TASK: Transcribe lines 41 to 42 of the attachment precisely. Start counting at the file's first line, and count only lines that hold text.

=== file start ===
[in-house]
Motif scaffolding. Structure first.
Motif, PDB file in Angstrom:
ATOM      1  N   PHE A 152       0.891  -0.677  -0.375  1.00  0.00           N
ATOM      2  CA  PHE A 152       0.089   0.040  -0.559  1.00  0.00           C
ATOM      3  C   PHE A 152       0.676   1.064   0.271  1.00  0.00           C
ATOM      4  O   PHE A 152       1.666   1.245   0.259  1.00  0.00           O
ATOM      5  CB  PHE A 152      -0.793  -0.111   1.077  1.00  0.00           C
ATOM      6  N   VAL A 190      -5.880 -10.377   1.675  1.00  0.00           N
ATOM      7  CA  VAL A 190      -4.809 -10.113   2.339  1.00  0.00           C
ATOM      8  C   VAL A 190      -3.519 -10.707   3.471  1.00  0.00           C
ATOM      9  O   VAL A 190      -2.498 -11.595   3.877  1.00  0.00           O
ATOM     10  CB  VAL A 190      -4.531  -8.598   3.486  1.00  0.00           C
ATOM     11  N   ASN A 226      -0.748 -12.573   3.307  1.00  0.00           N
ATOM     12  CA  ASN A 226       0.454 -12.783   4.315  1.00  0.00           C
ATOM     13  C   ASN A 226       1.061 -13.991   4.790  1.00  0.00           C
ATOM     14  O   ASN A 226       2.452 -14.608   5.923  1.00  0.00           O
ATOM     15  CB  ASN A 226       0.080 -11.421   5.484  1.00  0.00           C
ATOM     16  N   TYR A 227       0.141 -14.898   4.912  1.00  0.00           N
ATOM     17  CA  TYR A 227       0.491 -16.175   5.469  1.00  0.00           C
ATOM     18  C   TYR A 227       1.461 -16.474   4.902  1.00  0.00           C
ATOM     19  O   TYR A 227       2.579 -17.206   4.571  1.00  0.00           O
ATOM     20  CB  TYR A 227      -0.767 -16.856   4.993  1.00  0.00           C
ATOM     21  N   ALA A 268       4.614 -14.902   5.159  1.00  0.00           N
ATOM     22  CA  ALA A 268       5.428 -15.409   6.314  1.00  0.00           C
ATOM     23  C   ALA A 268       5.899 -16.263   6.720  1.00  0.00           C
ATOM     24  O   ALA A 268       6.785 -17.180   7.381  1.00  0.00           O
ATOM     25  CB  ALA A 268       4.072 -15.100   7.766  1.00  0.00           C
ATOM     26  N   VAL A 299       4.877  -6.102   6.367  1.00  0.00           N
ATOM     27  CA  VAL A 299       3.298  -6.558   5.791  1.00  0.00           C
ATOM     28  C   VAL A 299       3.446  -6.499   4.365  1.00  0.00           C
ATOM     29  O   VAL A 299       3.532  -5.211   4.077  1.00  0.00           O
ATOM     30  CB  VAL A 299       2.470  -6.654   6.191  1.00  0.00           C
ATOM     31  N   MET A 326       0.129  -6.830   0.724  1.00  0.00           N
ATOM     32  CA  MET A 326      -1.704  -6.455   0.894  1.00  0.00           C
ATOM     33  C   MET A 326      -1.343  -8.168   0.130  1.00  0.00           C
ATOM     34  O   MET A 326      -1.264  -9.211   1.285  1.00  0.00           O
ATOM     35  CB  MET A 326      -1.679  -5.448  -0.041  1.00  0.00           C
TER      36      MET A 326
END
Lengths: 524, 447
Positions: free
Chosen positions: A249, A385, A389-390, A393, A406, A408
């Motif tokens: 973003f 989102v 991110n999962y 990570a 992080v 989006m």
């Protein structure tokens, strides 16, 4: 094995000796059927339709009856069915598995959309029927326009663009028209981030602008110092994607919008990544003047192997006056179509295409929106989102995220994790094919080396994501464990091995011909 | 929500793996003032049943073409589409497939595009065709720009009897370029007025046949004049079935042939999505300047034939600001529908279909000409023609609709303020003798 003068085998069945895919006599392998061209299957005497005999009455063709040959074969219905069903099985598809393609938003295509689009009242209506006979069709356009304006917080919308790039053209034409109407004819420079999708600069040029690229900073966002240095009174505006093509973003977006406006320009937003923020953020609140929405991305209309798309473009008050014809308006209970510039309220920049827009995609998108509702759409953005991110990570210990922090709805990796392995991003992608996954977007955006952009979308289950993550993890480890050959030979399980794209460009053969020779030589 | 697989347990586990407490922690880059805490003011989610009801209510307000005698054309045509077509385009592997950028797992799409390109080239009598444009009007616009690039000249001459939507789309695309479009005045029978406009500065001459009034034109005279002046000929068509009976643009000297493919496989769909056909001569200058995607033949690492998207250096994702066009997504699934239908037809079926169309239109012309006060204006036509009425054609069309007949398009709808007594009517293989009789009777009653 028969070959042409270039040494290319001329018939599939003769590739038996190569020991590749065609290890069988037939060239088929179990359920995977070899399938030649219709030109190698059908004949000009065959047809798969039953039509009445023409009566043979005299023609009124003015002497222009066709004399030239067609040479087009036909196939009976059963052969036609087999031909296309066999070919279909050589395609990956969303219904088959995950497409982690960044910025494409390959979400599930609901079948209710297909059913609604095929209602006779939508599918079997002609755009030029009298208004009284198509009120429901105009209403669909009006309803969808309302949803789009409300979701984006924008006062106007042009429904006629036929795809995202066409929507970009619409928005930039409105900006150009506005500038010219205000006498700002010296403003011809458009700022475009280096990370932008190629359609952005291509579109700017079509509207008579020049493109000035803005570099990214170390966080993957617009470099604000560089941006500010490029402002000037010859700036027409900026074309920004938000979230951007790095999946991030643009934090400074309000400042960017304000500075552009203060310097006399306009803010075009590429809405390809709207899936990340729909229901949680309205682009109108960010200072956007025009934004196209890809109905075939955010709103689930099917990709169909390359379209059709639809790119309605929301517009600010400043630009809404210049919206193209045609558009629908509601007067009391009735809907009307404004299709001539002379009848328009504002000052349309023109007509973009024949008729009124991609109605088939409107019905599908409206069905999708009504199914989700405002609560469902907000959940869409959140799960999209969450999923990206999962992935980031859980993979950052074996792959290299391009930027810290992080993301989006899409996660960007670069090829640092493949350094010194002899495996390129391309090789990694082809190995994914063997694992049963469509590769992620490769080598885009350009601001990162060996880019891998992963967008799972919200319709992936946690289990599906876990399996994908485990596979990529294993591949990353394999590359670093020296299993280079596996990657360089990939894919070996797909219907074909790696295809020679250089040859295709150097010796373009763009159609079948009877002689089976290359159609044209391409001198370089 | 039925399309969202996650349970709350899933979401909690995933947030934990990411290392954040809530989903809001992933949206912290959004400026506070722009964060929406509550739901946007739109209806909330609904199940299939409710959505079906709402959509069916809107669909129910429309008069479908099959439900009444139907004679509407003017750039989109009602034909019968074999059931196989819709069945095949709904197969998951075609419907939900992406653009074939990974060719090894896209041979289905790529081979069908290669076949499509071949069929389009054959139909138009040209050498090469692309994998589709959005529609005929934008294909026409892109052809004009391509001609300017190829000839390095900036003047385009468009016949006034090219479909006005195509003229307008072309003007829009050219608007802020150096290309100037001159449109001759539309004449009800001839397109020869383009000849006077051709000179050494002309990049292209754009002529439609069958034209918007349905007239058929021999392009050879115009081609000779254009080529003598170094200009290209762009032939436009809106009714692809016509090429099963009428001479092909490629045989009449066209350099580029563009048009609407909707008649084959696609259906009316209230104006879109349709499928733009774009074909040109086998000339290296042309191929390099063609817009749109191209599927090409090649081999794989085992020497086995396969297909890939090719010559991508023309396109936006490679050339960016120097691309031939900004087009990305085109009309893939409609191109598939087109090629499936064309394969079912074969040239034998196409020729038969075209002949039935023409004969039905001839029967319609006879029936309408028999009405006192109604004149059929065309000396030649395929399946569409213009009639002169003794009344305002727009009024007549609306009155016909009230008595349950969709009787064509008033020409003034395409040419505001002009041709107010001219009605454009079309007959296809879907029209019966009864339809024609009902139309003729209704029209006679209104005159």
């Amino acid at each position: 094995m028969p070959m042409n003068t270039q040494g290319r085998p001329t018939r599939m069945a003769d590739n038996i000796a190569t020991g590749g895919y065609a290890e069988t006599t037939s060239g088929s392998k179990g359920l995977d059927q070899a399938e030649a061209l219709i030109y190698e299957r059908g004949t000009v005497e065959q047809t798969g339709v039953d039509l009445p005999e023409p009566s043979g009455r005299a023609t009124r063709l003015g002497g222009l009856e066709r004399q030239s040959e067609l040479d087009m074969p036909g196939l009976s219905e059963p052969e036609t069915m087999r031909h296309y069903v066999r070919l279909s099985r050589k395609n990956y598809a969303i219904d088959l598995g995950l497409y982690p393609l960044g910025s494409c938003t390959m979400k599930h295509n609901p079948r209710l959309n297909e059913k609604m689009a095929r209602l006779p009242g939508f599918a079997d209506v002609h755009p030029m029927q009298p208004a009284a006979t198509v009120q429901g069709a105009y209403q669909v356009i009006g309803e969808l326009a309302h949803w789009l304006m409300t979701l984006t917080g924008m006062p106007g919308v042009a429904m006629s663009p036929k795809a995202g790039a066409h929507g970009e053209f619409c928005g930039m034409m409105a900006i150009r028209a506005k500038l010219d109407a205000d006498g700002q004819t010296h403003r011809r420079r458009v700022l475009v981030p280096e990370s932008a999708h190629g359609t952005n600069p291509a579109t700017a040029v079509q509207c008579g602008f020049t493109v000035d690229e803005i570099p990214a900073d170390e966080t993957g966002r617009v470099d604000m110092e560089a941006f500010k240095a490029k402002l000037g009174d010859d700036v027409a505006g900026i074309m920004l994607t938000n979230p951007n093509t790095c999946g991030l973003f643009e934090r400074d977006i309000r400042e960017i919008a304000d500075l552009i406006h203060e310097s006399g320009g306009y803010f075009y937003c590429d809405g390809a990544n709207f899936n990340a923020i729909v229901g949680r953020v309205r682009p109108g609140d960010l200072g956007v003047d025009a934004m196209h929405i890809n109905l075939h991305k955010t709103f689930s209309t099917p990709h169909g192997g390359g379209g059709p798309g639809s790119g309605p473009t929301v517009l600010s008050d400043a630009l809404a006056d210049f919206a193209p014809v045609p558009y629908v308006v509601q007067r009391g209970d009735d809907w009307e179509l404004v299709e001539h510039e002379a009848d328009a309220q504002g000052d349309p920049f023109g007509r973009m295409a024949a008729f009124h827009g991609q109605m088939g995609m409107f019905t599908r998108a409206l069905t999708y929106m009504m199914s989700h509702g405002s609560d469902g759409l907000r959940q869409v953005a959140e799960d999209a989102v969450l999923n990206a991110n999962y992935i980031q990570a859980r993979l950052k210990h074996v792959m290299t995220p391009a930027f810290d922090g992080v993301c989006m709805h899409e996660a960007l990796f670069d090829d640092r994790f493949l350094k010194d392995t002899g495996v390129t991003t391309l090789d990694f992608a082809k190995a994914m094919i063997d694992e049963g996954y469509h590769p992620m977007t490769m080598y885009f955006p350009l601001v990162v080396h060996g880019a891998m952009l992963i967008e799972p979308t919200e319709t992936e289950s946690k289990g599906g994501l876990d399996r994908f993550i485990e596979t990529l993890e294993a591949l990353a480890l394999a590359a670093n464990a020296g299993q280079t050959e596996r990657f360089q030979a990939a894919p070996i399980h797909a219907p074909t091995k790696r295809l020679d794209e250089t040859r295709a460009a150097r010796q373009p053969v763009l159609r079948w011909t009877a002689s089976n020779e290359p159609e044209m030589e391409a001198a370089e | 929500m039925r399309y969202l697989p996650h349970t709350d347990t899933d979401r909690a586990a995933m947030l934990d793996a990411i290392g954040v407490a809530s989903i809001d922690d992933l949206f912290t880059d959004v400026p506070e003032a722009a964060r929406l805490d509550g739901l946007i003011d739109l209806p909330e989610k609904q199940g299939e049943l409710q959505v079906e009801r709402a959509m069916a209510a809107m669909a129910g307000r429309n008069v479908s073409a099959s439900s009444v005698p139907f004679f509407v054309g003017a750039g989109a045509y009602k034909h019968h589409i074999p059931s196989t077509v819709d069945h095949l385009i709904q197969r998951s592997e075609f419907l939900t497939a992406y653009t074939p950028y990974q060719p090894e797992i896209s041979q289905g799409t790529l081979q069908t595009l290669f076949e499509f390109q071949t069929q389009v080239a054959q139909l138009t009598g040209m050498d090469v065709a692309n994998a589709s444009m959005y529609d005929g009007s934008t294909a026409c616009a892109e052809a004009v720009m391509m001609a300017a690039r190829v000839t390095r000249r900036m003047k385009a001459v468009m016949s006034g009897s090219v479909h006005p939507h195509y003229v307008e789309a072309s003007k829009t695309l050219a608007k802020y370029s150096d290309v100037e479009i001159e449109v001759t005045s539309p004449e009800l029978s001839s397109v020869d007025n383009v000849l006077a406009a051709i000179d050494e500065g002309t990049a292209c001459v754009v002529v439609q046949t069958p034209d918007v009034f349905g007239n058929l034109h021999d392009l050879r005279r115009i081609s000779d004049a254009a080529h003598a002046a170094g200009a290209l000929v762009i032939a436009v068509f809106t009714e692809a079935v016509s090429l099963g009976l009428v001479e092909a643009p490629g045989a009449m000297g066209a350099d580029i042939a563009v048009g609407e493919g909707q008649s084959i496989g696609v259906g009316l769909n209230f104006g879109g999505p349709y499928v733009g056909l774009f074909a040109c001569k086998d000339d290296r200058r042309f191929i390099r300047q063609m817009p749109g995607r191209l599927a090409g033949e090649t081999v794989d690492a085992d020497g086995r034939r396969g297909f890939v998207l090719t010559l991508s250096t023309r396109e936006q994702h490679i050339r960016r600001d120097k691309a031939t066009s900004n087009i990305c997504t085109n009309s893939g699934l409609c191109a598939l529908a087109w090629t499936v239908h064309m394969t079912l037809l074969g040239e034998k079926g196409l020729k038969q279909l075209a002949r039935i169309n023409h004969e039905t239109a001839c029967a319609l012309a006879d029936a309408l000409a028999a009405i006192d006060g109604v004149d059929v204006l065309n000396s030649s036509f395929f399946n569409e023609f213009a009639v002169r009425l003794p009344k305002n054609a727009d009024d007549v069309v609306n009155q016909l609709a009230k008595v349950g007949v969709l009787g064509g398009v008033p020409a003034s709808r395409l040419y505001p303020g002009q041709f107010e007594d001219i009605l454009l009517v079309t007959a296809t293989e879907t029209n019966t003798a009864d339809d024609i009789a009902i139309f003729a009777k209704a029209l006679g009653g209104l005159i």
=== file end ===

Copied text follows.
Lengths: 524, 447
Positions: free